One of our NYC designers commissioned my company, Grand Illusion Decorative Painting, Inc., to paint faux marble on all molding in a newly renovated living space. The Spanish, mission-style house is nestled in the hills of northern LA in a well-known part of town. The designer was going for an Italian-French 18th century interior, right up my alley. The 23-foot, livingroom was reworked to include pilasters, intricate millwork, and grand baseboard and crown. The 2-story walls were to be upholstered in a delicate blue-green silk fabric, which I kept in mind when making the sample. The original sample had light veining, but the marble that I ended up choosing was close to a Breccia Sevenzia.
Since the job was so big, I decided I needed some expert help. I called on my friend, Jean Sable from Versailles, France. Jean is a long-time colleague who I admire. We both graduated from the same school in Brussels and won the “Best Craftsman of France” award for decorative painting. But most of all, I knew that Jean’s style was close to my own and he works fast. We worked feverishly on the many elements of casing, baseboard, pilasters, and door panels.
The designer came to the shop many months before the job and picked out a subtle marble sample from my stock. The bad luck of it when I bid on the job, the blueprints were not detailed to judge the immensity of the room. I did get a chance to visit the jobsite, but it was still in the early stages of construction. Upon arriving at the jobsite, I immediately felt like the approved sample needed to have much more visual drama. The room is grand with large, chunky millwork. The pilasters went from floor to ceiling, the mid crown was almost 2 feet tall, and the doors and windows had deep recesses. A subtle veining system would have been a poor design.
For the first time ever, I specified a Sherwin-Williams water/oil basecoat product because of California VOC laws. This water borne alykd product lays down evenly like oil and sands to a powder.
I knew the sample the designers chose at my shop, was not the best choice, so I immediately made a new sample for approval.
Quickly, our crew took over the space. We set up a nice shop and started taping off sections. You’ll see in this next picture how we made the cut lines horizontal instead of a diagonal cut as it would be made out of real marble.
Layer 1 (background):
The main goal of the background step to this marble, is to create directional movements with the glazes and to give visual texture.
Originally, I entertained the idea of using oil for glazing, but I did not want any yellowing to occur over time (especially on a white marble). So, we used Proceed glazes and Slow-dry fluids, which worked out great.
For the background glazes (mixed with Proceed glaze and slow-dry fluid colors), here are the colors I chose:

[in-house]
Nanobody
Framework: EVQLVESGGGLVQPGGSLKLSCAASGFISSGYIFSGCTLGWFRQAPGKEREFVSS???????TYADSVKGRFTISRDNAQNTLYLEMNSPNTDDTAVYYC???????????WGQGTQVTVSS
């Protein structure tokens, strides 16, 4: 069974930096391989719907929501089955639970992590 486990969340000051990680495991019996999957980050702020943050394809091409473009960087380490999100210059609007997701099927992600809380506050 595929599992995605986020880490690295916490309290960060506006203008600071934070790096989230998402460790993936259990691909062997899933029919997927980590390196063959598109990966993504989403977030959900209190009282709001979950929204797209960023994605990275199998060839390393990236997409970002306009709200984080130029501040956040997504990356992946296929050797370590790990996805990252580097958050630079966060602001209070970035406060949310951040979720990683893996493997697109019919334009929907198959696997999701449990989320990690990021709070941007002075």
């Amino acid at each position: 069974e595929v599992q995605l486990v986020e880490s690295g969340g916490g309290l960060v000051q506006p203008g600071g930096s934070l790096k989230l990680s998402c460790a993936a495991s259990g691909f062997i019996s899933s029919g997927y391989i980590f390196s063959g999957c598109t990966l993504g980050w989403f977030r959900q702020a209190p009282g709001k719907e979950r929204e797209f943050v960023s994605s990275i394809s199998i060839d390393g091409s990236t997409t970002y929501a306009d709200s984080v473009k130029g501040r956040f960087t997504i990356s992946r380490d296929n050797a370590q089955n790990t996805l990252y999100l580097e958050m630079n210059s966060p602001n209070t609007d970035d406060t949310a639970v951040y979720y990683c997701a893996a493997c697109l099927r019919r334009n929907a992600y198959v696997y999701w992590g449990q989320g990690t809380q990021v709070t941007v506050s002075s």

Main glaze: earthy light glaze with a blue tone
Secondary tone: earthy paynes grey with white
Tertiary tone: earthy ochre
Start by glazing the surface with the main glaze, thinly. “Sketch” directional veins with the secondary and add accents of the tertiary tone. Normally I would add the 2 tones with a chiqueteur ON, but in this case, after sketching in the tones with a glazing brush and then used a chiqueteur OFF to blend and diffuse the tones. Finally, I used a badger to quickly soften.
Layer 2 (veining/breccia):
I practiced my brush techniques on a sample first. I start with big veins to finer, more transparent veins. I make a conscious effort to make the breccia, “bottom heavy” in design, to show the weight of the marble. And I emphasized the cuts with louder and lightly veined areas.
I came up with a good system of whipping out the breche- I had to make it fast. Using several veining brushes: pointed samina, single head brecher, 2- headed brecher, a pointed samina liner, and other smaller veining brushes. I mixed a medium blue-grey tint, which determined a base color to use with my palette. On my palette, I had: white, yellow ochre, burnt sienna, alizarin crimson, ultramarine blue, chromium oxide green, phthalo green, and burnt umber. All of the colors I used were Proceed slow-dry acrylics. I loved using them because I could paint all day and my brushes wouldn’t cake up. I used plastic palettes with little cups to keep the colors from running. On my palette, I also have a little cup of the medium sauce and a cup of clear glaze to dilute the colors. Jean Sable and I worked very hard to vein the many areas and the profiles made the work tedious, but we powered through it.
I knew the designer was coming to the jobsite. I didn’t get a chance to get my new sample approved, so I was nervous about their reaction. Luckily, as the group came through the space, they absolutely loved it and the client was ecstatic. I don’t recommend making a habit of this sort of job risk. I took a huge level of artistic license knowing that the designer knows my work and we had reached a level of trust. I gave them more visual impact than they asked for and the risk paid off.
Layer 3 (overglazing):
The final step uses a white glaze to create the final addition of visual depth of faux marble.
First, I like to give a light sanding before the overglazing step. I mix a mother glaze with Low Viscosity Proceed glaze and pure white, First, glaze the entire surface with the glaze and then chiqueteur OFF. Then, chiqueteur ON this mixture plus straight white inside big fragments. Then, I add almond shapes on the breccia (crystallization), flames across big breccia, and fissure veins. This really helped knock down the overall look of the veining and created the final look.
We used a low VOC lacquer varnish that we sprayed with airless sprayer. We were able to spray 2 coats back to back without sanding. I chose an eggshell sheen.